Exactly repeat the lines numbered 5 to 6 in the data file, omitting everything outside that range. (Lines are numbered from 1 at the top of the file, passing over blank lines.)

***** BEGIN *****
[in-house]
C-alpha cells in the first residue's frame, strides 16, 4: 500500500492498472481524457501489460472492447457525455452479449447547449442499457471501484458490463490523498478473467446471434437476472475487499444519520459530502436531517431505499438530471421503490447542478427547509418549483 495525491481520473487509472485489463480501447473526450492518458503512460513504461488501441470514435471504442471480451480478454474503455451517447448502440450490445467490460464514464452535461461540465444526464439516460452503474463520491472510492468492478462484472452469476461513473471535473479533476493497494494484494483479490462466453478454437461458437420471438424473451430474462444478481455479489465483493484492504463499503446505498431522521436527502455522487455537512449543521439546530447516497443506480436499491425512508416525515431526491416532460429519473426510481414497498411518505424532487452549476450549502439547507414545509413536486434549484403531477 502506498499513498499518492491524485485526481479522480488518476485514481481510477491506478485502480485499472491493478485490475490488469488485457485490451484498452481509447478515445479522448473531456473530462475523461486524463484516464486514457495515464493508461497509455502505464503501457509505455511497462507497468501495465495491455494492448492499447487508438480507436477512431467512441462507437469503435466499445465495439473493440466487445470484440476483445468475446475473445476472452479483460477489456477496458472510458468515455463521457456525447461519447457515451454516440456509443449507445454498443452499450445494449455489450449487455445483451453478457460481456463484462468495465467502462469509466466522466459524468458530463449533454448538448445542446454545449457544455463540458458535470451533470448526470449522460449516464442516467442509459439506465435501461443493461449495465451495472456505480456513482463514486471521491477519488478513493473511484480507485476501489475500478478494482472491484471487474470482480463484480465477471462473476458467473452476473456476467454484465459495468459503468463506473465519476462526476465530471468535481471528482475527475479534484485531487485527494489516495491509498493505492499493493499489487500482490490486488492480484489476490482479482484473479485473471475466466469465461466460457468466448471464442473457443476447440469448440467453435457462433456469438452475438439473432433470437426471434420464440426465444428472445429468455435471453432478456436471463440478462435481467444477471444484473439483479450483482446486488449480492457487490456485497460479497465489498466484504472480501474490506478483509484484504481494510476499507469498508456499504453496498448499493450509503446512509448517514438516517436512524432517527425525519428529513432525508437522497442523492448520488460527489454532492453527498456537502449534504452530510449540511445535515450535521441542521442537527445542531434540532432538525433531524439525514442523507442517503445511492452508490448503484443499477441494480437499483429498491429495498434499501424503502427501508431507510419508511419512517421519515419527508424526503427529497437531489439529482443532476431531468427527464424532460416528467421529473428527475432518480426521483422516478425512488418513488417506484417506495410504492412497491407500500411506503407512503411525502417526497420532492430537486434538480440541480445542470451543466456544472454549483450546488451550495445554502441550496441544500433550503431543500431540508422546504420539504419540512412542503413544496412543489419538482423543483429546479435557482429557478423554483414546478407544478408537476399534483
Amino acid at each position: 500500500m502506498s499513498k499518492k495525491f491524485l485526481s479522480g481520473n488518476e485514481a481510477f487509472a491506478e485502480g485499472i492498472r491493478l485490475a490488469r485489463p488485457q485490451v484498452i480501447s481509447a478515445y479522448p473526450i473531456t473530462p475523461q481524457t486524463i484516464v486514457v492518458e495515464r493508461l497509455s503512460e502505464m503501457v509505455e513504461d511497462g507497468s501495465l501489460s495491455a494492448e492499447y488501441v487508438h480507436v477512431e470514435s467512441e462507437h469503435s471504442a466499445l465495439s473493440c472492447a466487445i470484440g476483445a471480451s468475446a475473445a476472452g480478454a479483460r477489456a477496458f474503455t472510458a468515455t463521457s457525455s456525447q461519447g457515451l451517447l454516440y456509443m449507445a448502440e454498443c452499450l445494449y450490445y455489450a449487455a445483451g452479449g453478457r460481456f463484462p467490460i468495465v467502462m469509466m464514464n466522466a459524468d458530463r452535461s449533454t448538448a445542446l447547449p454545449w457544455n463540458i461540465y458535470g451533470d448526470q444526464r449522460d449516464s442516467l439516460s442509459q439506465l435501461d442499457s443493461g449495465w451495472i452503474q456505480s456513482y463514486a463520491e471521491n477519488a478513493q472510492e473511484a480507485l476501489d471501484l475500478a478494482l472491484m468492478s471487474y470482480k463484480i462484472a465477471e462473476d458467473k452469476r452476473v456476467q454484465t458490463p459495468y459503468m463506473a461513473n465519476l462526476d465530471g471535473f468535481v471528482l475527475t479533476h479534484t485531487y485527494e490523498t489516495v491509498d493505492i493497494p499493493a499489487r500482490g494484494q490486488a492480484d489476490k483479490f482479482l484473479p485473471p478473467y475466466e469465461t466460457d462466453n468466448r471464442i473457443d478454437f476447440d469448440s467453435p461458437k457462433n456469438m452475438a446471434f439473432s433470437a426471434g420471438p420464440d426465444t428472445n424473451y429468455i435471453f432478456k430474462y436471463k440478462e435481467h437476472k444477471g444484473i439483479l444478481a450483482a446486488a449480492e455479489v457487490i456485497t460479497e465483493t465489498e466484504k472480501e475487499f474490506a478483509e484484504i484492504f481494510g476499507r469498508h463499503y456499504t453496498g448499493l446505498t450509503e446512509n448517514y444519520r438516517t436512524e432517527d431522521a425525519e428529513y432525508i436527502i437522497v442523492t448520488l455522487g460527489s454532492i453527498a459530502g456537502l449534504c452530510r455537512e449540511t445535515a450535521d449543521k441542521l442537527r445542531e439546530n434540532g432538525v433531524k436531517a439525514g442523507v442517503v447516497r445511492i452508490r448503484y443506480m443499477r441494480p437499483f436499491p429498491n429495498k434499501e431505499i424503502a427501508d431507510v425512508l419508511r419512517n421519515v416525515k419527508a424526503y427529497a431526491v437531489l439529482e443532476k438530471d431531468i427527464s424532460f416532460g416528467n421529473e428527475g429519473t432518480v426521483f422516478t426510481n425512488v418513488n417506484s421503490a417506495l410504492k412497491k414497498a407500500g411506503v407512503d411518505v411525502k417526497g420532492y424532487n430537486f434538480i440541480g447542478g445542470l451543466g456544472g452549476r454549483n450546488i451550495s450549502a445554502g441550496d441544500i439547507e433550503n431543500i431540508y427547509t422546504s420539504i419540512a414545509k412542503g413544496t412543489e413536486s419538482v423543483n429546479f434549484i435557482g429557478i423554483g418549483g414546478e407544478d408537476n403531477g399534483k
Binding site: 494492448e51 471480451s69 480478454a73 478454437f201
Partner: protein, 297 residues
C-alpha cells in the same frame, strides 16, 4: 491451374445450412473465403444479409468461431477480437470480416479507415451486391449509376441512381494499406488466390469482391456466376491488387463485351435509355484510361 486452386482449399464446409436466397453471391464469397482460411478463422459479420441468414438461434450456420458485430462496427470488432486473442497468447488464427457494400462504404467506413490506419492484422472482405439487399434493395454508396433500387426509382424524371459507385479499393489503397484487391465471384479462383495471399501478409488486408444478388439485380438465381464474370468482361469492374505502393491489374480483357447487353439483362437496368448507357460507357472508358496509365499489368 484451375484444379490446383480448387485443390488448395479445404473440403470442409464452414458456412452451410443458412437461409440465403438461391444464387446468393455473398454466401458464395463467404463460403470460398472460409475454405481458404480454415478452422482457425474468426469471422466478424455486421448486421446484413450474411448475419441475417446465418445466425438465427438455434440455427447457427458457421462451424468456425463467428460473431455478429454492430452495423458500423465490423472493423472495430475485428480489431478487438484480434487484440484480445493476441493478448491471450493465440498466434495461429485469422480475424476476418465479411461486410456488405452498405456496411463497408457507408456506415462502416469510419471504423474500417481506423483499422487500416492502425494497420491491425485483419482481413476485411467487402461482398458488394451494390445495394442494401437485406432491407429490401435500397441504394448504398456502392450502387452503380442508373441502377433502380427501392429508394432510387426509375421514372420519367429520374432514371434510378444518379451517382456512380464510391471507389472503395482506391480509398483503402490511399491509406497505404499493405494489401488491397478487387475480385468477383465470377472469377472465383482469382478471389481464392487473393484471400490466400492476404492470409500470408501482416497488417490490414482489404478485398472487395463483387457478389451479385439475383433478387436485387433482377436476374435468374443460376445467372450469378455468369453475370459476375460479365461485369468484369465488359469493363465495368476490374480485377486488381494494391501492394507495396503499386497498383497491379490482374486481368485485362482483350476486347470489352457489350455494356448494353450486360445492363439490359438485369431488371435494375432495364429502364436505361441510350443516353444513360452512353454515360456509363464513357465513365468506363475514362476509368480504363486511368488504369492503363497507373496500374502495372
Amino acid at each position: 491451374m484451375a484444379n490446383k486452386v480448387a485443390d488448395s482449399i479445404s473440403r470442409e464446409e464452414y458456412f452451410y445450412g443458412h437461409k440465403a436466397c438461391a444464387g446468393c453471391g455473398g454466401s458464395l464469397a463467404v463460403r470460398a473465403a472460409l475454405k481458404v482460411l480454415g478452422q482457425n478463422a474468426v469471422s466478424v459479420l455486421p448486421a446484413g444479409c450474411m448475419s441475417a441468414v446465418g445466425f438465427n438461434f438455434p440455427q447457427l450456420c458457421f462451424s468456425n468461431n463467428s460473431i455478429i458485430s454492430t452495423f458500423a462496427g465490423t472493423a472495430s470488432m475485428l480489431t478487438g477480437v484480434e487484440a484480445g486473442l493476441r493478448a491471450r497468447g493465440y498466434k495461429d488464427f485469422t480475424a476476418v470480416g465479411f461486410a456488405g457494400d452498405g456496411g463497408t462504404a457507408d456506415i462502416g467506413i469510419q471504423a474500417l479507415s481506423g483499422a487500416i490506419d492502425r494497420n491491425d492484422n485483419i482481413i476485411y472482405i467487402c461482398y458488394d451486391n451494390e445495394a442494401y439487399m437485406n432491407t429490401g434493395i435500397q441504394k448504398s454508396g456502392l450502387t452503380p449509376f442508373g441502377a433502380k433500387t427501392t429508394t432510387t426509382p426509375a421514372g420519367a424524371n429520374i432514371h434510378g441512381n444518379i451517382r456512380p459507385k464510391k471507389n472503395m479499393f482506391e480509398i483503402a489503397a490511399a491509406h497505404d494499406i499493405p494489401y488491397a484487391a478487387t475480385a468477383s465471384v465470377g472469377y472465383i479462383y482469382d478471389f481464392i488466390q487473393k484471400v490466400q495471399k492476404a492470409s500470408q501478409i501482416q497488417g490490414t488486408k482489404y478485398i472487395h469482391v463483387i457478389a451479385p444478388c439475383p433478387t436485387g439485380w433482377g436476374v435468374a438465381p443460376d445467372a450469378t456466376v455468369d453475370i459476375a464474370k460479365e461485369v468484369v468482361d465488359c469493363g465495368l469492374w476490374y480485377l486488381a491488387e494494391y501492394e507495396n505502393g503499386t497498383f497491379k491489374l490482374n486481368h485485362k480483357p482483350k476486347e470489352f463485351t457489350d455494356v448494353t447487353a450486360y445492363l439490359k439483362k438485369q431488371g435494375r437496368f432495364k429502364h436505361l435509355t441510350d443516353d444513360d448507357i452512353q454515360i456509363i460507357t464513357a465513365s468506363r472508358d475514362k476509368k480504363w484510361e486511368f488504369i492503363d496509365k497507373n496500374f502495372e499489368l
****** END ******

Partner: protein, 297 residues
C-alpha cells in the same frame, strides 16, 4: 491451374445450412473465403444479409468461431477480437470480416479507415451486391449509376441512381494499406488466390469482391456466376491488387463485351435509355484510361 486452386482449399464446409436466397453471391464469397482460411478463422459479420441468414438461434450456420458485430462496427470488432486473442497468447488464427457494400462504404467506413490506419492484422472482405439487399434493395454508396433500387426509382424524371459507385479499393489503397484487391465471384479462383495471399501478409488486408444478388439485380438465381464474370468482361469492374505502393491489374480483357447487353439483362437496368448507357460507357472508358496509365499489368 484451375484444379490446383480448387485443390488448395479445404473440403470442409464452414458456412452451410443458412437461409440465403438461391444464387446468393455473398454466401458464395463467404463460403470460398472460409475454405481458404480454415478452422482457425474468426469471422466478424455486421448486421446484413450474411448475419441475417446465418445466425438465427438455434440455427447457427458457421462451424468456425463467428460473431455478429454492430452495423458500423465490423472493423472495430475485428480489431478487438484480434487484440484480445493476441493478448491471450493465440498466434495461429485469422480475424476476418465479411461486410456488405452498405456496411463497408457507408456506415462502416469510419471504423474500417481506423483499422487500416492502425494497420491491425485483419482481413476485411467487402461482398458488394451494390445495394442494401437485406432491407429490401435500397441504394448504398456502392450502387452503380442508373441502377433502380427501392429508394432510387426509375421514372420519367429520374432514371434510378444518379451517382456512380464510391471507389472503395482506391480509398483503402490511399491509406497505404499493405494489401488491397478487387475480385468477383465470377472469377472465383482469382478471389481464392487473393484471400490466400492476404492470409500470408501482416497488417490490414482489404478485398472487395463483387457478389451479385439475383433478387436485387433482377436476374435468374443460376445467372450469378455468369453475370459476375460479365461485369468484369465488359469493363465495368476490374480485377486488381494494391501492394507495396503499386497498383497491379490482374486481368485485362482483350476486347470489352457489350455494356448494353450486360445492363439490359438485369431488371435494375432495364429502364436505361441510350443516353444513360452512353454515360456509363464513357465513365468506363475514362476509368480504363486511368488504369492503363497507373496500374502495372